The first is the root chakra, basically your ass, it’s red, and deals with safety, security, money.

The second is your sacrum, basically your Johnson, or va jay jay, and it is orange, dealing with procreation.

The third is your navel, actually about three fingers below your belly button, and it’s yellow, deals with power and control.

These are your lower chakras that deal with earthly existence, are associated with Earth, Water, and Air.

Then, there is the heart chakra, it’s green, and associated with balance.

Throat chakra, blue, third eye, indigo, and crown, violet. These upper chakras are about self actualization, oneness.

Three above, three below, pivoting on the heart chakra - balance.

The science and technology of yoga, lol, is about opening these chakras and allowing the flow from the root to the crown. Chakras are energy centers that circulate clockwise. If they are blocked, you get stuck in that chakra and that controls your life.

Interestingly enough, Maslow wrote about a hierarchy of needs in education - you need to feel safe and secure first (root chakra) before you can become self actualized (crown chakra).

So, metaphor or science, I think there is something to this.

Yoganandaji Paramahansa writes about this in Autobiography of a Yogi, a great book. He talks about the parallel nature of Hinduism and Christianity, and references a book, T_he Science of Religion_, that documents the commonalities.

I’m sure Yin and Yang address balance, it is balance, but I’m not up to speed on that bent.

Hope this helps, would love to discuss.


You really won’t like my answer lol.

When selectively interpreted with selected texts and exerpts, you can derive some valuable meaning, but, just like The Communist Manifesto, viewing all this as a whole leads to really shitty outcomes.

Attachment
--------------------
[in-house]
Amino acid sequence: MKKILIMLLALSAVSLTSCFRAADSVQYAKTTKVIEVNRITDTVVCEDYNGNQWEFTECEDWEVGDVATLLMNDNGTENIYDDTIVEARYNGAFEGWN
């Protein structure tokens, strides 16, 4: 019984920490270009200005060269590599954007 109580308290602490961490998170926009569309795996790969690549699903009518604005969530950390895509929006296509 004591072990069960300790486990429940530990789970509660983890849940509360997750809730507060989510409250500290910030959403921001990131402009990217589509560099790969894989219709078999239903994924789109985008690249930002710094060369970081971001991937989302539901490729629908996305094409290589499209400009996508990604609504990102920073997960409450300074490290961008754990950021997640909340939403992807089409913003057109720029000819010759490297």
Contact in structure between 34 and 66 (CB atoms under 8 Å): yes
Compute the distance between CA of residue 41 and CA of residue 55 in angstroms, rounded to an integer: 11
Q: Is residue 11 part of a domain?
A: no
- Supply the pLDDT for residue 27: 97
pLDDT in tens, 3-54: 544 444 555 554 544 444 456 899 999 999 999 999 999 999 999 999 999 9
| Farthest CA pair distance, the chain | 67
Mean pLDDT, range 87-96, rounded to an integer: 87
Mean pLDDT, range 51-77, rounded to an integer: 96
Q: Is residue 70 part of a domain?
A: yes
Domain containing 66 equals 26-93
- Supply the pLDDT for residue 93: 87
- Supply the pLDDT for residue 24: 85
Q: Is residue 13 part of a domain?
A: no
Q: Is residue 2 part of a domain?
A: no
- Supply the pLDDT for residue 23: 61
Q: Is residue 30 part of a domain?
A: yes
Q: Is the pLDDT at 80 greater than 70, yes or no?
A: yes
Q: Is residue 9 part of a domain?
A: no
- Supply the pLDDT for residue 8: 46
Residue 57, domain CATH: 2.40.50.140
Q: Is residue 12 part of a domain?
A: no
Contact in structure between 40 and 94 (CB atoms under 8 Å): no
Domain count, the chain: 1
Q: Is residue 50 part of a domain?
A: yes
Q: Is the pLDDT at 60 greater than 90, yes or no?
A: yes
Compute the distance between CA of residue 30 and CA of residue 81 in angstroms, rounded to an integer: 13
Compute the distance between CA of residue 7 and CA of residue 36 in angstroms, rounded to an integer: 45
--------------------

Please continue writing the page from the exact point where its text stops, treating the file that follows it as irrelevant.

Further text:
This may be of interest to you.


Chakra is very similar to qi. They are pribably variations of the same thing.

In the spirit of all things Woo Woo, qi can also be used like this:

In Taichi:

In acupuncture, when one is able to open the rendu meridian, one becomes Keanu Reeves.

This usually happens:


The thread bump reminded me that I wanted to talk about my salt cave self-hypnosis experience, but reading the above I’m embarrassed that all I have to say is that my stomach kept growling really loudly - REALLY loudly - and I felt like I was having some sort of spastic fit of hyperactivity. Self-hypnosis fail.

I’m reading about your journey with interest, @The_Myth.

Well, he has a lawn tractor, a real tractor, and an excavator along with a commercial dump and every other tool and machine, so yes, but no, that’s not what I’m talking about. I’m talking about weird crap. For example, I wanted to throw away a broken popsicle stick sled Christmas ornament last year, and got “What are you doing?? Amanda made that!” Um, Amanda, his niece, is an adult with children old enough to make their OWN popsicle stick ornaments in Sunday School.

It’s an uphill climb, I can tell you that.


Too early in the morning for getting philosophical, maybe later bro.


I always love your responses, you’re one of my favorite posters.

Agreed. I have a mentor/teacher/guru and he told me, take what works for you.

The Bagua link was informative - I skimmed it, will read it later. Kundalini is heavily influenced by Sikh Dharma, at least in the west, and Sikhism is really about one god, unity, oneness. Your god is my god, we’re all a part of the universe. Kind of like the Borg in that Star Trek TNG episode but less evil.

Prepare to be assimilated.

Chakras, qi, chi, energy, all the same shit arrived at by different cultures, makes me think there might be something to it.

Think you may know I studied Kempo karate for a while, love the documentary known as The Matrix (I’m taking the red pill), and think you’re way smarter than I.

Also realize I am way more into the woo woo shit than you, which is ironic (New York white boy into Eastern Philosophy, as opposed to you, Eastern yellow boy into reality), so it’s a good mix. I’m upper chakras, you’re lower chakras, let’s meet at the heart.